Inductive and deductive reasoning are two methods adopted in research. The choice of approach depends on the design of the research and the researcher’s requirements.
Deductive reasoning is a top-down approach that works from general premises to a more specific conclusion. The premises are true, and the conclusion follows logically from them. Deductive reasoning involves deducing conclusions from an existing theory.
Inductive reasoning is a bottom-up approach, the opposite of deductive reasoning. It begins with specific observations and moves towards broader generalizations or theories. There is a degree of uncertainty in the conclusions, as they are based on premises. Inductive reasoning starts with specific observations, detects patterns and regularities, makes hypotheses, explores them, and finally arrives at generalizations known as theories.
- Inductive and deductive reasoning are two different approaches to research, with the choice depending on the research design and the researcher’s needs.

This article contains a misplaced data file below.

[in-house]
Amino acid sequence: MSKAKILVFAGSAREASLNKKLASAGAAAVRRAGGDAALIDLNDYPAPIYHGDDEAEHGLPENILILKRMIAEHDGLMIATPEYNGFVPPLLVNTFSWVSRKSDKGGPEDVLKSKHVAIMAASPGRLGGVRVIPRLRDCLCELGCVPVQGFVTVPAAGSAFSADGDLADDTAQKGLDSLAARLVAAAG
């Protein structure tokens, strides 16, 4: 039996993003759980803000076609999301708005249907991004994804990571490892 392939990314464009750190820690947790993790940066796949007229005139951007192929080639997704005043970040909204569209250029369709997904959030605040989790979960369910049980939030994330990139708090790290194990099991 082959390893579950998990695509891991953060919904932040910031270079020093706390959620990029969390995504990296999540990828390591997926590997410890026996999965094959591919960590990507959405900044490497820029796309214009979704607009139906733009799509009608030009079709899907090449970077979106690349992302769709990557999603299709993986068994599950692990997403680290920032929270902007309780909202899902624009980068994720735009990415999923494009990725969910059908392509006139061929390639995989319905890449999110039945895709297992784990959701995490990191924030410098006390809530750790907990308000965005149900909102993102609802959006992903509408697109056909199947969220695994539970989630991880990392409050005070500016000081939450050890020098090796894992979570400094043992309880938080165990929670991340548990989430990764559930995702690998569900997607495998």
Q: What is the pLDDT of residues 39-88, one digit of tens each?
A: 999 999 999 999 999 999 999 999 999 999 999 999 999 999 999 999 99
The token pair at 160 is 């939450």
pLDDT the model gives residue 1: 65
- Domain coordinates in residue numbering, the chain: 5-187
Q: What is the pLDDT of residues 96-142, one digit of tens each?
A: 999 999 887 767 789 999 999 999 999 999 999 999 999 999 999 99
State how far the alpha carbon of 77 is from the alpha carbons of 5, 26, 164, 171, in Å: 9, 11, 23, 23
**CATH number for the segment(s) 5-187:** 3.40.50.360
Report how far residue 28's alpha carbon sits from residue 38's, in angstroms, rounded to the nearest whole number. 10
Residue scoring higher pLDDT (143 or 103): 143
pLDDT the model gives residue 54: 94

- Deductive reasoning is a top-down approach, working from general premises to a specific conclusion, while inductive reasoning is a bottom-up approach, starting with specific observations and moving towards broader generalizations or theories.
- Both approaches are useful and can be applied in different sets of circumstances, with deductive reasoning better suited for situations where scientific hypotheses are verified, and inductive reasoning more suited for social science studies. However, both approaches are often used in a single research project as needed by the researcher.